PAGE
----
The adoption of benchmarking techniques has increased over recent years, yet service organisations have been relatively reluctant to adopt the practice. It is widely acknowledged that elements of “service quality” play a key role in the performance and competitiveness of service organisations and thus provide potential benchmarking criteria. Yet perceived service quality must be defined from the consumer’s perspective and, unlike manufacturing organisations, the consumer is involved in the production process. This study examines the potential for the generation and evaluation of consumer focused benchmarking criteria. Consumers of three service sectors – health (family planning); education/professional (accountancy training) and retail (supermarkets) completed measurement scales relating to potentially deterministic attributes and assessed these for current and previous suppliers. The findings indicate that, although management must be aware of a number of potential problems and issues, information derived from consumers can provide a valuable input into a comprehensive external benchmarking programme involving both competitive and generic measures.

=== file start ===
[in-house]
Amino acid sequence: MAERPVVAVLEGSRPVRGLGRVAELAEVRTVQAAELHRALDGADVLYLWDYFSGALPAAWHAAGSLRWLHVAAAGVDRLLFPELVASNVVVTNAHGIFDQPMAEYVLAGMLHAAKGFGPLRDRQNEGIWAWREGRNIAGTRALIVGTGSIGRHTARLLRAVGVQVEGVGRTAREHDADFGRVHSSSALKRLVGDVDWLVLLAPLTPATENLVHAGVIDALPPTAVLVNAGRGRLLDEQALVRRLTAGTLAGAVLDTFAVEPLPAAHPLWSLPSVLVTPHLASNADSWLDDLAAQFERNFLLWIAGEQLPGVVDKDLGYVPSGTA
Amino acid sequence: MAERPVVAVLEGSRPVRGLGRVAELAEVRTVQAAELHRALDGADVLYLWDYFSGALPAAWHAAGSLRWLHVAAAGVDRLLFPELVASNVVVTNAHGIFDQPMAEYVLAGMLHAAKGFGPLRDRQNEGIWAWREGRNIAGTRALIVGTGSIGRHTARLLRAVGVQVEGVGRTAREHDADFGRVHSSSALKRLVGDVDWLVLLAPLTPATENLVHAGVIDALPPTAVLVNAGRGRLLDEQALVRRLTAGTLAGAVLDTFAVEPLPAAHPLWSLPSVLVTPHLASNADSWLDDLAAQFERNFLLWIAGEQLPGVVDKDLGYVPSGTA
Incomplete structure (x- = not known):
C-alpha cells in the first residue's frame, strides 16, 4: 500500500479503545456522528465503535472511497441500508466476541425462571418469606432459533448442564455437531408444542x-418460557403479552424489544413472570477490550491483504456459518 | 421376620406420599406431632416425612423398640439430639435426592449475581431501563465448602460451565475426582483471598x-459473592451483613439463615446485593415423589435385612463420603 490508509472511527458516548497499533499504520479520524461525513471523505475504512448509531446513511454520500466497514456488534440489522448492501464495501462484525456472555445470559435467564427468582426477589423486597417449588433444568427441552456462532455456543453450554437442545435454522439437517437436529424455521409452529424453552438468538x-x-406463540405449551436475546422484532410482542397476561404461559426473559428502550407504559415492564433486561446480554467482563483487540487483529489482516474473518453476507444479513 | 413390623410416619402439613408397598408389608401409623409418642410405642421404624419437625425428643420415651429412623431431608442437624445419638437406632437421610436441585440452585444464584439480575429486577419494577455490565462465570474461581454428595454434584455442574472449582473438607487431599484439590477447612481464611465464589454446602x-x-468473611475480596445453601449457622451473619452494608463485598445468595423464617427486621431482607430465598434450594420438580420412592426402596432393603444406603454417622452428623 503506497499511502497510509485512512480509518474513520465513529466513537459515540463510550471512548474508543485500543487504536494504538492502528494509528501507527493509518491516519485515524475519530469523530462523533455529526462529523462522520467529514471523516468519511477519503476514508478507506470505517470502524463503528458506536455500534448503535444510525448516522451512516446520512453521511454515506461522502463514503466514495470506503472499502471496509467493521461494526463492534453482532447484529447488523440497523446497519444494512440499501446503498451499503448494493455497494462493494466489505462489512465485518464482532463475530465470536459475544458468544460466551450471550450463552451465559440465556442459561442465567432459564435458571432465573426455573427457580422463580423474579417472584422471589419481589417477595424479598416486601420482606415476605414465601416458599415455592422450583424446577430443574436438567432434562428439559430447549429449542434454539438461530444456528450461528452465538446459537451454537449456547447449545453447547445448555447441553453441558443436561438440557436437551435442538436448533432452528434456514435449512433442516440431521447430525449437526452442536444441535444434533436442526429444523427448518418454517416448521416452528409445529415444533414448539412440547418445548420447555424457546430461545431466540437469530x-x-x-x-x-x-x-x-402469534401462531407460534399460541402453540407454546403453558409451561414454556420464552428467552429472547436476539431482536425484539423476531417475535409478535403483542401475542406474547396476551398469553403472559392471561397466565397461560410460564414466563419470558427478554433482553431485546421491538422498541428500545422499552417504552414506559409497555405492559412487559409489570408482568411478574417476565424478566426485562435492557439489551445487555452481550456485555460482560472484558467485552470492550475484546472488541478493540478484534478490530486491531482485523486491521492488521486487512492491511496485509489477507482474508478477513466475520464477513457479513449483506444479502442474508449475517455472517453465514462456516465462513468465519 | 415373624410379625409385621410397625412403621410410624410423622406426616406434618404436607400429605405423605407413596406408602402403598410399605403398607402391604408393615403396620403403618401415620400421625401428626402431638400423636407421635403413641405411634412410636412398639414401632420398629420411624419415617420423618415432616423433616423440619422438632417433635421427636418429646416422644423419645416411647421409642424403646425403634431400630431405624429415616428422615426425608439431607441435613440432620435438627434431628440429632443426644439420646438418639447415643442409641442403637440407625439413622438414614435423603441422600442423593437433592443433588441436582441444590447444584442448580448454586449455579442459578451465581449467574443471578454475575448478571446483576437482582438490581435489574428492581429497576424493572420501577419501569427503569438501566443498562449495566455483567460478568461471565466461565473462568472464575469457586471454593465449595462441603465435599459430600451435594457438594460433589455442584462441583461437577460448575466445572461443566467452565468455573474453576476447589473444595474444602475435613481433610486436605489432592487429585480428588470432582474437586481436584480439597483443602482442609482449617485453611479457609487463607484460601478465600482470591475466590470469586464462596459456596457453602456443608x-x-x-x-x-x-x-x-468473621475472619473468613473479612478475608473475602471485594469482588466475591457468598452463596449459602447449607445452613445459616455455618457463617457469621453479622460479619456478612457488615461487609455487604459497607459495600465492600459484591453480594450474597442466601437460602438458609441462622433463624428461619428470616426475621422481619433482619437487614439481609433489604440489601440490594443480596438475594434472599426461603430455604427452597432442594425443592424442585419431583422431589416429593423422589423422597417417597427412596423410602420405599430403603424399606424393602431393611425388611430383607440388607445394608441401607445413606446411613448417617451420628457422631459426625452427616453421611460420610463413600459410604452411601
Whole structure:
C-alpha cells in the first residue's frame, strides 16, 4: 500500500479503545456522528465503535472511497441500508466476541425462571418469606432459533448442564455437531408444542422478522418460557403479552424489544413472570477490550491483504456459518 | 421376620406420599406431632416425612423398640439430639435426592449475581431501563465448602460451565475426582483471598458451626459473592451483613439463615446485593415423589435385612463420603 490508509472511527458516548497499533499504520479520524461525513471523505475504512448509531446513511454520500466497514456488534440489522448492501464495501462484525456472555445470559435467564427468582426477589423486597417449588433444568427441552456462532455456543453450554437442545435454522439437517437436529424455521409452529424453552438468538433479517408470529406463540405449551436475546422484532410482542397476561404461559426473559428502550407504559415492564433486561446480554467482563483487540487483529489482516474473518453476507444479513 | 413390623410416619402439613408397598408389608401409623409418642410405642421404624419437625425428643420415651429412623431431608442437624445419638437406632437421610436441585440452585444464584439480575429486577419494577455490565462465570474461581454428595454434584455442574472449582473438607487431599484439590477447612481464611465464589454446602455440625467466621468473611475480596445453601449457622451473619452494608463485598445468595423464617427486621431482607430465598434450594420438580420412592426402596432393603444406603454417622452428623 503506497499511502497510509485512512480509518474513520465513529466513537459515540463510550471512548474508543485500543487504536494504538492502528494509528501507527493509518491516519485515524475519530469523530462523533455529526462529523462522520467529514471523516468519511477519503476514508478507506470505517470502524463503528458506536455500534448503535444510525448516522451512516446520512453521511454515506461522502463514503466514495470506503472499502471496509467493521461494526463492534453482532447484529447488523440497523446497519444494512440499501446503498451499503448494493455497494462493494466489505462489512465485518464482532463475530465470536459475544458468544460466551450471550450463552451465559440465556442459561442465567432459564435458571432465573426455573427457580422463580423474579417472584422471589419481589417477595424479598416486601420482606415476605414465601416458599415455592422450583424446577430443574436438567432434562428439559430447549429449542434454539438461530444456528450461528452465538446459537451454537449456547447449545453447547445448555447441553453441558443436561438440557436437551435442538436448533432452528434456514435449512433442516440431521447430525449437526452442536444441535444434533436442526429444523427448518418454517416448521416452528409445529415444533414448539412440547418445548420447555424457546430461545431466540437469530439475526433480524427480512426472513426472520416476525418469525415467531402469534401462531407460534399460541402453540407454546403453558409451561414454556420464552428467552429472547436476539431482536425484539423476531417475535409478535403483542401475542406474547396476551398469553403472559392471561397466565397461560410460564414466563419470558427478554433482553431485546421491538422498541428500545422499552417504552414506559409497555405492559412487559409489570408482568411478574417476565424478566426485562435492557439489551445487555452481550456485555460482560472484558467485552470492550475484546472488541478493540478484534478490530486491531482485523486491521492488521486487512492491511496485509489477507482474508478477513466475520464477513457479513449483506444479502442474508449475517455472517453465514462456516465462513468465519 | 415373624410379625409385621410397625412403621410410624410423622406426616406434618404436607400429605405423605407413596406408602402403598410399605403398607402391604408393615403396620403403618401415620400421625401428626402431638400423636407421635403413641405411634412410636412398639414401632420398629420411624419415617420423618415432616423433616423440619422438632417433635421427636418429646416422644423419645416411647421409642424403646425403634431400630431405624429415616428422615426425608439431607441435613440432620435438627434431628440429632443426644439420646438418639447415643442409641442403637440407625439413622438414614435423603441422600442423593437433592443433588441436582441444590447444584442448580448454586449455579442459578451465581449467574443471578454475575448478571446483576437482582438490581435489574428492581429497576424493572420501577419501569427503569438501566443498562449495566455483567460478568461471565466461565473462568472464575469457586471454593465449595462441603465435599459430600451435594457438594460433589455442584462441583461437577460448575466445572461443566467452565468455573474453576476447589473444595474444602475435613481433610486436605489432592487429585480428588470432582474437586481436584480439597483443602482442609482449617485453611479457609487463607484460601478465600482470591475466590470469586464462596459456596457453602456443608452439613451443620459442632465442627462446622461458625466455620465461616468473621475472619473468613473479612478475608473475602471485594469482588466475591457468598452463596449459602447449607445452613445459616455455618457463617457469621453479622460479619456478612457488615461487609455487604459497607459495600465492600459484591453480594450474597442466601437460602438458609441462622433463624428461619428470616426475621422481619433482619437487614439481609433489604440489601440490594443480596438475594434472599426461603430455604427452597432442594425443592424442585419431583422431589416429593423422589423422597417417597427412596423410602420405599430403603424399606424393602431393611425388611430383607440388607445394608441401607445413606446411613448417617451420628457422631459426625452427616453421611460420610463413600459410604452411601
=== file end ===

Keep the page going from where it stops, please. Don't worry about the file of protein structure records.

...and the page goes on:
Smith, A. (2000), "Using consumer benchmarking criteria to improve service sector competitiveness", Benchmarking: An International Journal, Vol. 7 No. 5, pp. 373-388. https://doi.org/10.1108/14635770010379728Download as .RIS
MCB UP Ltd
Copyright © 2000, MCB UP Limited